The CDC received its first notification about the outbreak for the novel coronavirus on Dec. 31, and the Chinese government made the genetic sequence available publicly by the first week in January. Redfield said this information helped the CDC create its first diagnostic test on Jan. 17.
It would be a few days later when the first person in America tested positive.
Around the same time, Nancy Messonnier, director of the National Center for Immunization and Respiratory Diseases, called it inevitable that the virus would spread. Within two days, Redfield told Congress Messonnier misspoke. Trump also directly contradicted Messonnier at a press conference that week, saying the spread would be “very small” and that he did not believe it was “inevitable.”
Now, as U.S. cases continue to tick up, and contagion expands — South Africa was the latest nation to report a positive case Tuesday — Redfield chalked initial delays up to processing issues.
“We had to go through a regulatory process to get our tests out. Our test was approved for clinical settings. It was approved for use in high-risk individuals coming from China and later expanded to people with pneumonia,” Redfield said. “Now it’s expanded to any physician who feels there is a need to order that test.”
Democratic Representative Rose DeLauro of Connecticut wasn’t satisfied, noting that the U.S. is still behind South Korea, which is testing 10,000 people a day.
When asked if the U.S. is past containment and into the mitigation phase, Redfield said “in general” the U.S. was in a “blended” stage.
If individuals are tested for COVID-19 at a private lab, and the testing is not approved by the FDA, Redfield said the CDC will still help to confirm results. Delays are to be expected: It can take up to a day to ship tests to the CDC, and results can take 48 hours or more to process. Every test also needs a second round of verification, and that can take up to a week.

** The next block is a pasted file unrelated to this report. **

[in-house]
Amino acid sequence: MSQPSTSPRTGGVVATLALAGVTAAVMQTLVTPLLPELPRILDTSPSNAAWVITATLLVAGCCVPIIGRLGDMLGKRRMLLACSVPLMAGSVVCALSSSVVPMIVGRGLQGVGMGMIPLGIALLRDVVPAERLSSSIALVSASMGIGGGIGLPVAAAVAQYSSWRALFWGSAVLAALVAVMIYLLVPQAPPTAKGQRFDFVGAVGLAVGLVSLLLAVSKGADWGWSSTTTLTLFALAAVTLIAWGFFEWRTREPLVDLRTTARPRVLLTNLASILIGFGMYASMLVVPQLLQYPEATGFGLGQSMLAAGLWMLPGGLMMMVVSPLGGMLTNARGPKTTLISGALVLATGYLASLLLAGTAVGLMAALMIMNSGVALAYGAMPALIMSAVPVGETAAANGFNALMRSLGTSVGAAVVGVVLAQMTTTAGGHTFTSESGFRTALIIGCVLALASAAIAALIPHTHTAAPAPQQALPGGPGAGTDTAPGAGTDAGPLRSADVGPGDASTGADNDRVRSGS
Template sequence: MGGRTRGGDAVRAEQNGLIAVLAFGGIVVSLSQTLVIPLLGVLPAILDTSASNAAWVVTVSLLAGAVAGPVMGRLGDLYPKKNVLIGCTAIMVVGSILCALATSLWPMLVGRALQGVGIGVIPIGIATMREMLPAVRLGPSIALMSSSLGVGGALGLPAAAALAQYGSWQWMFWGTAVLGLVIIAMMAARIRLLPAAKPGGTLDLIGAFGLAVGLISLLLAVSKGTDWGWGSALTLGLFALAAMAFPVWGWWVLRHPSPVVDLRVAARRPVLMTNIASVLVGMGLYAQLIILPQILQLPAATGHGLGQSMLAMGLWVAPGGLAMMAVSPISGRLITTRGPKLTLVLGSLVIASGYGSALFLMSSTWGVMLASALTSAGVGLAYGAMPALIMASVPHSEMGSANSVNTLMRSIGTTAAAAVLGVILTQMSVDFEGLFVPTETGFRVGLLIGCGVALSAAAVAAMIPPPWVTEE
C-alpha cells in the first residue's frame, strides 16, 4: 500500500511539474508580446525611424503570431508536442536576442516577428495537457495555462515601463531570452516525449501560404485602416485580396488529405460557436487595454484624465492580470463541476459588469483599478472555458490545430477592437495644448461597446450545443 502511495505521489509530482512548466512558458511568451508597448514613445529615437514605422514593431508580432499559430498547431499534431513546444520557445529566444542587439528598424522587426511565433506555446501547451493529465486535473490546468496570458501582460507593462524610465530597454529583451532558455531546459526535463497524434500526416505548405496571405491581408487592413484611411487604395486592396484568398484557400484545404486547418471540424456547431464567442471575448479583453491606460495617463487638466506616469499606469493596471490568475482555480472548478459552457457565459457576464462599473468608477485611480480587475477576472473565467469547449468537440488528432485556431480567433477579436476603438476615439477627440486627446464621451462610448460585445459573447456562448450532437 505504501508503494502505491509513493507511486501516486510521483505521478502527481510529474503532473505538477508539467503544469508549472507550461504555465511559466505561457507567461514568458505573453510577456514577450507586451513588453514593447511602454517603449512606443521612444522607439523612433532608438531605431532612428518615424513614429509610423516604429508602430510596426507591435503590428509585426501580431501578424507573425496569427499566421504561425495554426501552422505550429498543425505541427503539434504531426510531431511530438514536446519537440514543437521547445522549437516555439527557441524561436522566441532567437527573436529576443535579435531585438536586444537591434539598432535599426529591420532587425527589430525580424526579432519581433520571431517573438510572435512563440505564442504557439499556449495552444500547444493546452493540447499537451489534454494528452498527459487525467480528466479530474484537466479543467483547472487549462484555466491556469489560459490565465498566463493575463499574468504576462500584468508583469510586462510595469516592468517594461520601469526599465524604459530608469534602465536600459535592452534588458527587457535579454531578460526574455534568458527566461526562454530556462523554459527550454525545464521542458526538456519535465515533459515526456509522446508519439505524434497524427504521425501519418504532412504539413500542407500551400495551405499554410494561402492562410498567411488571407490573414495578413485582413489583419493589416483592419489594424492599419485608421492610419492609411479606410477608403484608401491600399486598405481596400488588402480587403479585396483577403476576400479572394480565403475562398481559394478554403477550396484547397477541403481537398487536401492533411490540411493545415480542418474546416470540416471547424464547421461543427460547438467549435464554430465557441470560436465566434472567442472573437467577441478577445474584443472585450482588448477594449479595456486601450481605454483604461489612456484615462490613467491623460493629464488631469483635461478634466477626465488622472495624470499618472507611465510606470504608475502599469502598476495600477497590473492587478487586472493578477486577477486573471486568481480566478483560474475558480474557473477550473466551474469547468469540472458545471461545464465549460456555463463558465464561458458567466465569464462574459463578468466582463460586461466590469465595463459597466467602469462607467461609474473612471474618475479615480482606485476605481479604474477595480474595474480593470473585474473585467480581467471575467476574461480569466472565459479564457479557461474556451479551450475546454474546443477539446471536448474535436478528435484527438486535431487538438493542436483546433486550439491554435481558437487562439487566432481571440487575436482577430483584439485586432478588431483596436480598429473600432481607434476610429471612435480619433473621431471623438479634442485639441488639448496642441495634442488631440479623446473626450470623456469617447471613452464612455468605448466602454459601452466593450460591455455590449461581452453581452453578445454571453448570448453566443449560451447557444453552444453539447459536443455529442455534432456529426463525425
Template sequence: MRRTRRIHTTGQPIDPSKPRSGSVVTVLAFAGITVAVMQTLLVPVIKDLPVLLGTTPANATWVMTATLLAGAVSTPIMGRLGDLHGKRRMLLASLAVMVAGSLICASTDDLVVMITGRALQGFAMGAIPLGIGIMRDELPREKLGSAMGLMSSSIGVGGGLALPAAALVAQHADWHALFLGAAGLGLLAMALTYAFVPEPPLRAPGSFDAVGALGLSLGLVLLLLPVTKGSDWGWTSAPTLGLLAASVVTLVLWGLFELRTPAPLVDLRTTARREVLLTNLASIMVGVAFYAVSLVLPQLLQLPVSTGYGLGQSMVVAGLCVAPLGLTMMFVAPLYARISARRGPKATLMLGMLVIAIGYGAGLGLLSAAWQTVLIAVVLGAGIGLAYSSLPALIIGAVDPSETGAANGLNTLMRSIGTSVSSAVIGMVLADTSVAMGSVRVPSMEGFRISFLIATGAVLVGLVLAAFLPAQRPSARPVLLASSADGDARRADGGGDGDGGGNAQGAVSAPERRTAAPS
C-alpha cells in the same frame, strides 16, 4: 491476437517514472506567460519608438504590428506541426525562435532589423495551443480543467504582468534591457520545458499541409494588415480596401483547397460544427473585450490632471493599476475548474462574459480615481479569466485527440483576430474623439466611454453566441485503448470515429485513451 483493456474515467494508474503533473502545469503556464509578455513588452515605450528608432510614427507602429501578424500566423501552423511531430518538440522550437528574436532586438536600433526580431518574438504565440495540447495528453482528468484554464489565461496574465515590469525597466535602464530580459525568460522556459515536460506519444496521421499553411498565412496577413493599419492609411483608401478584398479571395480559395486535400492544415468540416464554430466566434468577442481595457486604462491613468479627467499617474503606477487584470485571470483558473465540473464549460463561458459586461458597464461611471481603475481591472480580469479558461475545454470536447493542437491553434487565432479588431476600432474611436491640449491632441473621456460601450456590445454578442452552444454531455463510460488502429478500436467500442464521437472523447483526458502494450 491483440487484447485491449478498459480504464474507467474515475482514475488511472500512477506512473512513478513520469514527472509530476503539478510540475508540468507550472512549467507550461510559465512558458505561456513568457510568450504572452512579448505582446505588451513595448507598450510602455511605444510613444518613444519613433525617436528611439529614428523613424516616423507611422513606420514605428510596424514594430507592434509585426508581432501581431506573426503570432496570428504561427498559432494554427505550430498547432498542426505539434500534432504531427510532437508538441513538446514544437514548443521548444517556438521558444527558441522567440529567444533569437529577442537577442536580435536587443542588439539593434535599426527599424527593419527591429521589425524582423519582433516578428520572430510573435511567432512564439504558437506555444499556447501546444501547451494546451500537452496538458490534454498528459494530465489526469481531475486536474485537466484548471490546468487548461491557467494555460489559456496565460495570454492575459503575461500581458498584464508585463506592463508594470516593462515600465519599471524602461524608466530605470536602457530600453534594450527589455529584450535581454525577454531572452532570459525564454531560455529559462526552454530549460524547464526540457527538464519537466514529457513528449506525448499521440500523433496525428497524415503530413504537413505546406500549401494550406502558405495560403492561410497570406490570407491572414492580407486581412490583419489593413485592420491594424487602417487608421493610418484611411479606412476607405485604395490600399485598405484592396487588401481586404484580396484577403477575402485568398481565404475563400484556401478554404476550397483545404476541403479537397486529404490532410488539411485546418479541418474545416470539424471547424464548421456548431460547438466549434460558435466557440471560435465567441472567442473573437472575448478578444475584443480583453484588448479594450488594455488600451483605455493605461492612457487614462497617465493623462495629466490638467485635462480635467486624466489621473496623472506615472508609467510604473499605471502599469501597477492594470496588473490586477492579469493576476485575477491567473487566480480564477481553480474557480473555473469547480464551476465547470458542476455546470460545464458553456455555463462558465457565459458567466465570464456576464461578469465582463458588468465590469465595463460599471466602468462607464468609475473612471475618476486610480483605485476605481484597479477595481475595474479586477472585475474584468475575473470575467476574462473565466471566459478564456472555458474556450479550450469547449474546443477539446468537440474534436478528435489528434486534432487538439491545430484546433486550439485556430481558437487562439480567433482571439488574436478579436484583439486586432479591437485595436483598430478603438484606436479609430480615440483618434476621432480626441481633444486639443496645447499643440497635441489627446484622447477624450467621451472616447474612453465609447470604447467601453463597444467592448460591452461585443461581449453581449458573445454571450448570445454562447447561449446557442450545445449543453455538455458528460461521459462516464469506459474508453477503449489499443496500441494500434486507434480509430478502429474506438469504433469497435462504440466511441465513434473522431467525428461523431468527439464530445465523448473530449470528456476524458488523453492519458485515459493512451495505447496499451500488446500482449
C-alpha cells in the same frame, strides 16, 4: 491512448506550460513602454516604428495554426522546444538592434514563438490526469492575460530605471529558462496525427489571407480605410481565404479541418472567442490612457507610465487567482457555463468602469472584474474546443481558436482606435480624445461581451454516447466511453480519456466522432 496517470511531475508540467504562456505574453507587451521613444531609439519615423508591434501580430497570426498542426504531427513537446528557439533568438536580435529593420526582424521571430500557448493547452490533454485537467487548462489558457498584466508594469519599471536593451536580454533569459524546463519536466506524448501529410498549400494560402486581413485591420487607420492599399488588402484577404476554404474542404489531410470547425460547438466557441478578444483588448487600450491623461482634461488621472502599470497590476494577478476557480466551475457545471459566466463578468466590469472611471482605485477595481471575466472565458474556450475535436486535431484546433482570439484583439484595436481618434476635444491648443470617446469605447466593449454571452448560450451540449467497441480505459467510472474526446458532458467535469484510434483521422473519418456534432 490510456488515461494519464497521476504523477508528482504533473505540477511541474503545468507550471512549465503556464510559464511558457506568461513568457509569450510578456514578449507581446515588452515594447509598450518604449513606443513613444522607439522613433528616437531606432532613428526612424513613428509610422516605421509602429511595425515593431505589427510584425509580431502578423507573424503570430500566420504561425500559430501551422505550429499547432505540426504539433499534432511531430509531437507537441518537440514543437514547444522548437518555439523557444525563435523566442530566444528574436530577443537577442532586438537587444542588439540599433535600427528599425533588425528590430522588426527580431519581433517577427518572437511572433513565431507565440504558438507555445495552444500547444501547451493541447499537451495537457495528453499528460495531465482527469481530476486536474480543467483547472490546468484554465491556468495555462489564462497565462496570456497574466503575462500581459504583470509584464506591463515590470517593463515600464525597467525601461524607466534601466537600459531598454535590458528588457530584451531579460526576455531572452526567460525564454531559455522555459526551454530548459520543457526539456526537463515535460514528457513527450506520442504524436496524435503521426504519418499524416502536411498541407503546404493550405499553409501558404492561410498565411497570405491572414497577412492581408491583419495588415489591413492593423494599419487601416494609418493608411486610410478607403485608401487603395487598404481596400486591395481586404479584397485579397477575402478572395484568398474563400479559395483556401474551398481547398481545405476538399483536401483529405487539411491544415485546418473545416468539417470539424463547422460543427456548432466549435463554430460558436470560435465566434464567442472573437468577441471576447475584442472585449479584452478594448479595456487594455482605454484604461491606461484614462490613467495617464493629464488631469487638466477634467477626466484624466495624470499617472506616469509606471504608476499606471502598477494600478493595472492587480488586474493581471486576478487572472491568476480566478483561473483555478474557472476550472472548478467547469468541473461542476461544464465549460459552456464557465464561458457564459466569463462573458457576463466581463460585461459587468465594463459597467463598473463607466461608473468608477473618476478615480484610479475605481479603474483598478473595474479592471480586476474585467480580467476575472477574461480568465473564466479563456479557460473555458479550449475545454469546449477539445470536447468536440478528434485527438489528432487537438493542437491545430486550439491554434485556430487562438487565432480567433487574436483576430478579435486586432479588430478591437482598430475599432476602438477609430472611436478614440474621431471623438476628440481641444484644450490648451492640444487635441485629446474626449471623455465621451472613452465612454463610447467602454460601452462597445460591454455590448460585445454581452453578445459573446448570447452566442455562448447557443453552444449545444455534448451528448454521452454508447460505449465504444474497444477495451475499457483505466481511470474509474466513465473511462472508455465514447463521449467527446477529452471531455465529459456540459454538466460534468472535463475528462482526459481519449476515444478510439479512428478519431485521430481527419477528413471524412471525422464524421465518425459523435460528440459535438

Redfield, a virologist, recommended people who feel sick should stay home and do everything they can to avoid infecting people around them.
A representative at Shady Grove Adventist Hospital in Montgomery County, Maryland — where six cases of coronavirus have been confirmed — meanwhile recommended that people stay home even if they are not symptomatic, as the virus has a 14-day incubation period.
The spokesperson said doctors must first call the CDC if a patient who turns up at the emergency room is exhibiting symptoms. The CDC decides whether to grant approval for a test depending on what criteria are met.
A representative from the CDC did not immediately return request for comment.
Looking ahead, Republican and Democratic lawmakers on the committee agreed Tuesday that the CDC is all but guaranteed its $175 million request for the 2021 budget.
“We need to get more people into public health,” Redfield said. “We don’t want to make priority choices about how we use the money that we do have. We need to build a robust global health security network throughout the world.”
The future of containment is mission critical, he explained, noting how extensive the outbreak has been in Italy, a nation that locked down its borders on Tuesday.
“If this virus gets into Africa, the way it has in Italy, there will be a lot of casualties,” Redfield said.